Sitting Pretty – A Short History Of Bedpans
Posted by Martin Hewitt on September 10, 2020
They say you can tell a lot about a person from their toilet – how clean it is, what kind of reading material is, or isn’t on offer and how accessible it is based on fittings like grab rails and raised toilet seats. However, did you know that we can tell a lot about a lot of other things – historically, sociologically, biologically — from the smaller and often less celebrated cousin of the toilet, the bedpan?
Google ‘Most Expensive Toilets’ and the results are jaw-dropping. The International Space Station Toilet tops the list at $19 million. The price is understandable, given how difficult it must be to sort and process human waste in outer space, without having a major accident!
Less sensible, but just as real, is the Hang Fung Gold Toilet, the property of Hang Fung Gold Technology Group. This lavish lavatory sits in the company’s Hall of Gold. It is valued at $5 million – enough to make anyone feel obliged to spend a penny!
By comparison, Google ‘Most Expensive Bedpan’ and the results are much more functional. You’ll be shown a range of products aimed at different markets. There are no “Top 10” listed or headline-grabbing articles. Dig a little deeper though, and you start to realise the humble bedpan has proven its value throughout the pantheons of history, you just might not have realised it yet.
The Science Museum in London has a green glazed earthenware bedpan on display dating back to 15th or 16th Century England. It is among the everyday items that allow us to understand society and medicine of a particular era. Although usually used in healthcare situations, bedpans were considered household staples for much of history, and so they also provide an important link to people of the past. At least, that’s the view of the Smithsonian Magazine.
An article entitled ‘The Strange Saga of George Washington’s Bedpan’ retells how said pewter dish went through many hands, and for some time was confused (but hopefully never used) for a kitchen bowl, before finally being housed in Mount Vernon’s museum. Its significance is defined in terms of ‘tangible connections not only with the Washington’s but also with the house servants who were responsible for emptying the bedpan.’
In 2017, another US museum, The Mutter Museum of The College of Physicians of Philadelphia, hosted an exhibition which was chillingly prophetic of today’s COVID-19 nightmare. Focused on the 1918-19 influenza pandemic in the city, curator and writer Jane E. Boyd, PhD penned a very insightful blog for the institution; ‘What can a bedpan tell us about a pandemic?’ It’s a fascinating read if you have a moment. However, perhaps the most important takeaway is the fact ‘there’s no timeline of bedpan design.’
To put that another way, bedpans were so every day, they rarely carried a maker’s mark, so accurately dating them can be difficult.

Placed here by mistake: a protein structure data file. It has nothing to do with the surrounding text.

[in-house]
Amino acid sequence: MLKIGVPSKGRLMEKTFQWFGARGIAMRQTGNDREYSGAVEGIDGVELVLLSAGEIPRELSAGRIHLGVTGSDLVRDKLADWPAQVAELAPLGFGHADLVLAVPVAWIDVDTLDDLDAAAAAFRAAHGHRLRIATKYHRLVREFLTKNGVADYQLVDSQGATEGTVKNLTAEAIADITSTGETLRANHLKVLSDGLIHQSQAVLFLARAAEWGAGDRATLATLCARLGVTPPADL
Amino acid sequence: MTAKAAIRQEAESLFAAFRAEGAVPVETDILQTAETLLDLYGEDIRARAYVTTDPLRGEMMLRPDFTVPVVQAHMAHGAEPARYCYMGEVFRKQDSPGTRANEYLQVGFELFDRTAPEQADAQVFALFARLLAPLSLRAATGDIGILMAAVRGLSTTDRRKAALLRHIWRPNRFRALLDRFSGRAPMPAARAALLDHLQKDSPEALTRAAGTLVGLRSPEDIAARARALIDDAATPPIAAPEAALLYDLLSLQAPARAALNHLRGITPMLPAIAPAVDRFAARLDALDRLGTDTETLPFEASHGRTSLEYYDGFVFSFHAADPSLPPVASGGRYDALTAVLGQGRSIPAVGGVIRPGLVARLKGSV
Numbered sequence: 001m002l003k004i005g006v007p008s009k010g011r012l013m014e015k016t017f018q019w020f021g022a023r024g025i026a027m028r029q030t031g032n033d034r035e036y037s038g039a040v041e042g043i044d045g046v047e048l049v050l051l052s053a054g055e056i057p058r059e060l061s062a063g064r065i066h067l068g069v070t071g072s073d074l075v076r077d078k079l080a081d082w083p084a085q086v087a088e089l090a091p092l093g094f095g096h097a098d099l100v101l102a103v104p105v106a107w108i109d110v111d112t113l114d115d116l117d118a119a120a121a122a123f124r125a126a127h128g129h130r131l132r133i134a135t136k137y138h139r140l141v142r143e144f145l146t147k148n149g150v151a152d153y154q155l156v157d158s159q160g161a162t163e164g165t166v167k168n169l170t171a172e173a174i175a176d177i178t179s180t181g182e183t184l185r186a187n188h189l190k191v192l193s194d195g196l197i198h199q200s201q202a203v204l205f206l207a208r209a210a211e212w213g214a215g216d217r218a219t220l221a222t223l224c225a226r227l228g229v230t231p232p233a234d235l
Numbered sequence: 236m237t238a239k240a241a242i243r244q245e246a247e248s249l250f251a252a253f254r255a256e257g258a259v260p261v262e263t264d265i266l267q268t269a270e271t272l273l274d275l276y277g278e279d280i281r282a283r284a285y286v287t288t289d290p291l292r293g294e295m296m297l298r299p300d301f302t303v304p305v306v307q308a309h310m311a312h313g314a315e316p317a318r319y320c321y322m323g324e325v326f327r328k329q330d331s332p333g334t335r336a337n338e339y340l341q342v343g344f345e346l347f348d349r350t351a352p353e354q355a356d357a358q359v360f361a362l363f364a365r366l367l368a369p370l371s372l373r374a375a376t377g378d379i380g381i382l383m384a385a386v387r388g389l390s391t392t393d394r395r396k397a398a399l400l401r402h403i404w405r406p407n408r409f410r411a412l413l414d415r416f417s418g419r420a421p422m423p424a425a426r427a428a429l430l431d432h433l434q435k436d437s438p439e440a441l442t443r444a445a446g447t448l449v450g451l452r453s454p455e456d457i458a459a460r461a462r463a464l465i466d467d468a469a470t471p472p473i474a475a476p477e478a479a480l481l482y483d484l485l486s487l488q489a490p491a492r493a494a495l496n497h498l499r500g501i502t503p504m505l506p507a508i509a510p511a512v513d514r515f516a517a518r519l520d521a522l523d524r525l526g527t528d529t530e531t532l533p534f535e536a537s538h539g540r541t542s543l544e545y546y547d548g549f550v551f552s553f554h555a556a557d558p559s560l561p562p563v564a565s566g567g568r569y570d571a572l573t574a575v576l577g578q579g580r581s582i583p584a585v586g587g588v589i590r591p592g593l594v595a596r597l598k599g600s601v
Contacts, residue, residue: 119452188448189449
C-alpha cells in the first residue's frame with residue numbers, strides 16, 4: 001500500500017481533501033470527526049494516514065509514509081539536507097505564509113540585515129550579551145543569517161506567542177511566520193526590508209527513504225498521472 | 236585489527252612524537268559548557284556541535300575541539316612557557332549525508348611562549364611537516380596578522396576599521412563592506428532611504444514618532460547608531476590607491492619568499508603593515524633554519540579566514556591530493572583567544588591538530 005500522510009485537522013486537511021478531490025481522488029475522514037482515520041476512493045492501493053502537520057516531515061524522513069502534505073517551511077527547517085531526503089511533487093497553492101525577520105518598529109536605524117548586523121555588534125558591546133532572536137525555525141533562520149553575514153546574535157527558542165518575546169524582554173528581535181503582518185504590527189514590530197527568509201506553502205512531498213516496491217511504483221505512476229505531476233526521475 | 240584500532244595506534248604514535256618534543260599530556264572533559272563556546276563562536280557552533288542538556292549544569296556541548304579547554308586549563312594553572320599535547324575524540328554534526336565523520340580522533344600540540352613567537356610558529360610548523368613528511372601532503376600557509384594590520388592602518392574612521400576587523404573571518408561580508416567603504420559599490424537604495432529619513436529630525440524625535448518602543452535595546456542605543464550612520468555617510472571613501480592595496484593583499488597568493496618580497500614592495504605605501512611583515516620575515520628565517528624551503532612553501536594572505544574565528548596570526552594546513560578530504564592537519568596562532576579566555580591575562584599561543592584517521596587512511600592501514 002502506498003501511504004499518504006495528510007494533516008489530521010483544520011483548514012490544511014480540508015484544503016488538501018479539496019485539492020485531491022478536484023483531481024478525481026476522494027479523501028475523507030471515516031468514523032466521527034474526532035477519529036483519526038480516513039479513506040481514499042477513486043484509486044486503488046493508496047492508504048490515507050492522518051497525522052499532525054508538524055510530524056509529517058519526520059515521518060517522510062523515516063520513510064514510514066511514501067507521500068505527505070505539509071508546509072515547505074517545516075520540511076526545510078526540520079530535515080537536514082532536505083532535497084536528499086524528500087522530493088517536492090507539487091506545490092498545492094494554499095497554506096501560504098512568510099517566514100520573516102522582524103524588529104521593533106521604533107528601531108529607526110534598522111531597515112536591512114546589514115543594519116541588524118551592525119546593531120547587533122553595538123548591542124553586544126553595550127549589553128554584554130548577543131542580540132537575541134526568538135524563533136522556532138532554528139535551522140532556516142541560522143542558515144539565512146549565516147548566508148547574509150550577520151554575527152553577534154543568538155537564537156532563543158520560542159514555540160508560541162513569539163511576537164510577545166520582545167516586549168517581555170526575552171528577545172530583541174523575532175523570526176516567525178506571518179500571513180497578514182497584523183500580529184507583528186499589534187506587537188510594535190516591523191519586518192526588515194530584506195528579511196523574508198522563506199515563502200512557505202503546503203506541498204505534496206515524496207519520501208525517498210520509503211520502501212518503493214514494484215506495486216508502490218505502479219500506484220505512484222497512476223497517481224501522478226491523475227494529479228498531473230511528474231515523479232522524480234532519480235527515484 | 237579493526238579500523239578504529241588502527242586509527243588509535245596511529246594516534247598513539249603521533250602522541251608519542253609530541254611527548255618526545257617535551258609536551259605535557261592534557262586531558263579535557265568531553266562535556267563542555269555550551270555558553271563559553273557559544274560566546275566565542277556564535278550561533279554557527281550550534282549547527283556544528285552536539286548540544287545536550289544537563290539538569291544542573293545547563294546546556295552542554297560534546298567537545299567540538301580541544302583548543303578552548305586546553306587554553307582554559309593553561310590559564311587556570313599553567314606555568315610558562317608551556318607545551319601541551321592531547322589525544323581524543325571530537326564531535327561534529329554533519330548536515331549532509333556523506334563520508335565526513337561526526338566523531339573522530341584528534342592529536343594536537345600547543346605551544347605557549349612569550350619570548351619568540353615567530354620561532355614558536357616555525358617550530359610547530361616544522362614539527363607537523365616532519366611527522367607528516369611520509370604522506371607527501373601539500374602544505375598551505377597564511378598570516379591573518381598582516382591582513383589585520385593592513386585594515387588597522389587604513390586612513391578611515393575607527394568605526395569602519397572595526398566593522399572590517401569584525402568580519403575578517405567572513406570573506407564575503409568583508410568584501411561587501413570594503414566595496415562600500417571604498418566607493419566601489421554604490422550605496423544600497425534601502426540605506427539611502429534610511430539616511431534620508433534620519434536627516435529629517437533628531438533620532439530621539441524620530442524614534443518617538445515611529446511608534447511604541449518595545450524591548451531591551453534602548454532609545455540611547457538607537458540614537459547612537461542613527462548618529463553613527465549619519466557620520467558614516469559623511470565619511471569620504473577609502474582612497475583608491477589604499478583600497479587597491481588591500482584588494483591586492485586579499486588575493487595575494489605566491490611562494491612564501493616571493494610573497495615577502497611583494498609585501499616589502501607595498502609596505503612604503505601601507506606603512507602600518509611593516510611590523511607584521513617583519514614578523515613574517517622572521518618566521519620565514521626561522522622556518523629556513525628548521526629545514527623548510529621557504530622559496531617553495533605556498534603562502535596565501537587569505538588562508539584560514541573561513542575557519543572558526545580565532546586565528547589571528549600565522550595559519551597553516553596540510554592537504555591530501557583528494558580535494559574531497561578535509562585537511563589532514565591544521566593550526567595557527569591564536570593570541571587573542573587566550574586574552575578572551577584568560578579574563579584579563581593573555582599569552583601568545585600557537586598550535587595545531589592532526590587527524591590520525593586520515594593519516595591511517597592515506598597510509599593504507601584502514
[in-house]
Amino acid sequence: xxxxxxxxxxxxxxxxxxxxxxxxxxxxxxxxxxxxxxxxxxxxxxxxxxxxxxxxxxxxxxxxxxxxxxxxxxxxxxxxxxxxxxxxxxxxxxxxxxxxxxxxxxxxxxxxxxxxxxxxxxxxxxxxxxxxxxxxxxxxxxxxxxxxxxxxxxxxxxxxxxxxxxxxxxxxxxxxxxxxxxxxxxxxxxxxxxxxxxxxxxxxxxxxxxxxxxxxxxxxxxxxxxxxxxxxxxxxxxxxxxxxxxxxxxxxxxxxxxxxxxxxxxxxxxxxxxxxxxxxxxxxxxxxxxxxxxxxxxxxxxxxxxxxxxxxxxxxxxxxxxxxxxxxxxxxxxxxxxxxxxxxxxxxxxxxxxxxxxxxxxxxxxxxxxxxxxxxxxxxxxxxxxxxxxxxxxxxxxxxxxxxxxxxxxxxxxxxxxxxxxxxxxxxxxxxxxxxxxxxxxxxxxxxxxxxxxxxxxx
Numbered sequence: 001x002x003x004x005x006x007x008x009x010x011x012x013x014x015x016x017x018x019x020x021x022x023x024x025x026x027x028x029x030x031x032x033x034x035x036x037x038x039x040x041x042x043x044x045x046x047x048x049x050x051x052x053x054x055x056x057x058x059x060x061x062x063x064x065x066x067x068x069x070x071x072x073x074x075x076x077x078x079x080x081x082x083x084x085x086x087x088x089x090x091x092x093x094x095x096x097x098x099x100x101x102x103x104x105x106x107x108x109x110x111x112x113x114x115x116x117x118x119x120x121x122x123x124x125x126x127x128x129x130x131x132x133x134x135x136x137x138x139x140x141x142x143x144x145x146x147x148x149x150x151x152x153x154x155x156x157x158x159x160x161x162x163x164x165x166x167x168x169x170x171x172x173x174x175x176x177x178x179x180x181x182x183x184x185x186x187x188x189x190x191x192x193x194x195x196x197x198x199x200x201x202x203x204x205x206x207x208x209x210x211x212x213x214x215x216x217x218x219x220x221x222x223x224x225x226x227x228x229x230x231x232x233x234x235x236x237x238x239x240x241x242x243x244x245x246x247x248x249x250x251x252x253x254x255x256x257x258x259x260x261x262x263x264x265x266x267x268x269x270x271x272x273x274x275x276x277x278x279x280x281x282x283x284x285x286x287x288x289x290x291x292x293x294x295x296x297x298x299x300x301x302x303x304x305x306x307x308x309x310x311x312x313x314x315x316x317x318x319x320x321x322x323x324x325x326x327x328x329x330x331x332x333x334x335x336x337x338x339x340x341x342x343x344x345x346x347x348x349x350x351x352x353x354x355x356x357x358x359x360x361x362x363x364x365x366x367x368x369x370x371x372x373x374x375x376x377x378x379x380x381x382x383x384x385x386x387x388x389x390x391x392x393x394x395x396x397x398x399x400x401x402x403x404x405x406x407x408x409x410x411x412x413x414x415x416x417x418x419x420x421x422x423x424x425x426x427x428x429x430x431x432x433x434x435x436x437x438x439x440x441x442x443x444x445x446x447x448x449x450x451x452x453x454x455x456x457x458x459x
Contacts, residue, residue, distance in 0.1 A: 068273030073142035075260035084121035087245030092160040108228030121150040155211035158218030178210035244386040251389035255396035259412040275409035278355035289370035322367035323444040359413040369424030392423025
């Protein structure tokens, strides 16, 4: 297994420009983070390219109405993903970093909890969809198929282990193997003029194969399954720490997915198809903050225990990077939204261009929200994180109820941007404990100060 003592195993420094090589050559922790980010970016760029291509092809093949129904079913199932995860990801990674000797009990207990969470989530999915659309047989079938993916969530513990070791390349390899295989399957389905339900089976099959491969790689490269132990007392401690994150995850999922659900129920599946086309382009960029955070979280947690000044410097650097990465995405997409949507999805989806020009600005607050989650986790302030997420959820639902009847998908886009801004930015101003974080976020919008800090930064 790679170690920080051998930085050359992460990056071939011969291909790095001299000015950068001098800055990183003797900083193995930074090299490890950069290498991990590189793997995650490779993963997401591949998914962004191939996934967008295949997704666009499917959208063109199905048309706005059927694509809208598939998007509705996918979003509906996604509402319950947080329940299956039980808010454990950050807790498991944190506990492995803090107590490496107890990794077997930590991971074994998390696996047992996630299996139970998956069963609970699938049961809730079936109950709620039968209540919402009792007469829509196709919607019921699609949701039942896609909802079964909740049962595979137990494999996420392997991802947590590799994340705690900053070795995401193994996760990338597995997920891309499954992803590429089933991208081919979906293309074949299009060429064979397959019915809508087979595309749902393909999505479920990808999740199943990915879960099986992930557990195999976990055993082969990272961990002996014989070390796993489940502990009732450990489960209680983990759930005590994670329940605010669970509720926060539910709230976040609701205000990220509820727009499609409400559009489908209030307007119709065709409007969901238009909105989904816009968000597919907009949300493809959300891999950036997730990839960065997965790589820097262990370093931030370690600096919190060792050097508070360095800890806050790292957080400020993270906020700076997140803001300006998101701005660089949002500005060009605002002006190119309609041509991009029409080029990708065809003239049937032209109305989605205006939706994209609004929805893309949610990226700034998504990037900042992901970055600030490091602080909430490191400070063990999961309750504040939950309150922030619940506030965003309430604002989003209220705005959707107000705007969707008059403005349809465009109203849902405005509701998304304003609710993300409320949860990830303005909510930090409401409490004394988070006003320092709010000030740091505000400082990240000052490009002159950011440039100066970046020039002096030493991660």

Nevertheless, the materials bedpans are made from, and the varying patents for specific designs of bedpans have changed over the years — from ceramics to metals to the various plastic bedpans Ability Superstore stocks. As a result, they loosely mirror the march of technology, improvements in medicine and our approach to treating different conditions.
We’re not the only ones who think bedpans are important and find their history surprisingly interesting, either. Collector’s Weekly published an article on the ‘World’s Foremost Bedpan Collector’, a guy called Eric Eakin. He lays claim to around 250 bedpans in his collection, alongside a host of memorabilia connected to bedpans, including greetings cards, bedpan poems, bedpan jewellery, and even bedpan salt-and-pepper shakers! It’s certainly a far cry from your average horde. Still, given the variety and, in some cases, the craftsmanship, we’re actually most amazed this isn’t a more commonplace pastime!
Mr Eakin’s hobby began when his ‘bit of an eclectic’ mother was given an antique bedpan as a joke present after visiting friends in Europe. Having carried the bedpan through airport security and onto the flight home, she proceeded to hang it on display in the family bathroom, filling it with fake flowers. As her son’s expansive stash now proves, she’s not the only person to have thought outside the box when it comes to the aesthetics of bedpans!
Eakin has bedpans that look like guitars, bedpans with dog themes and ornate sealed bedpans that really wouldn’t look too out of place in an art and design museum, rather than as part of an exhibition focused entirely on social, or medical history.
The point being, whether we’re looking at their practical use, often-unsung craftsmanship or the many stories bedpans can tell us about significant events and influential characters in history, as with so much in life, you should never forget how important the small things are!
Bedpans are a staple mobility aid, and we sell hundreds each year, so if you need any help or advice on which one would be best placed to suit you or a loved one, just get in touch!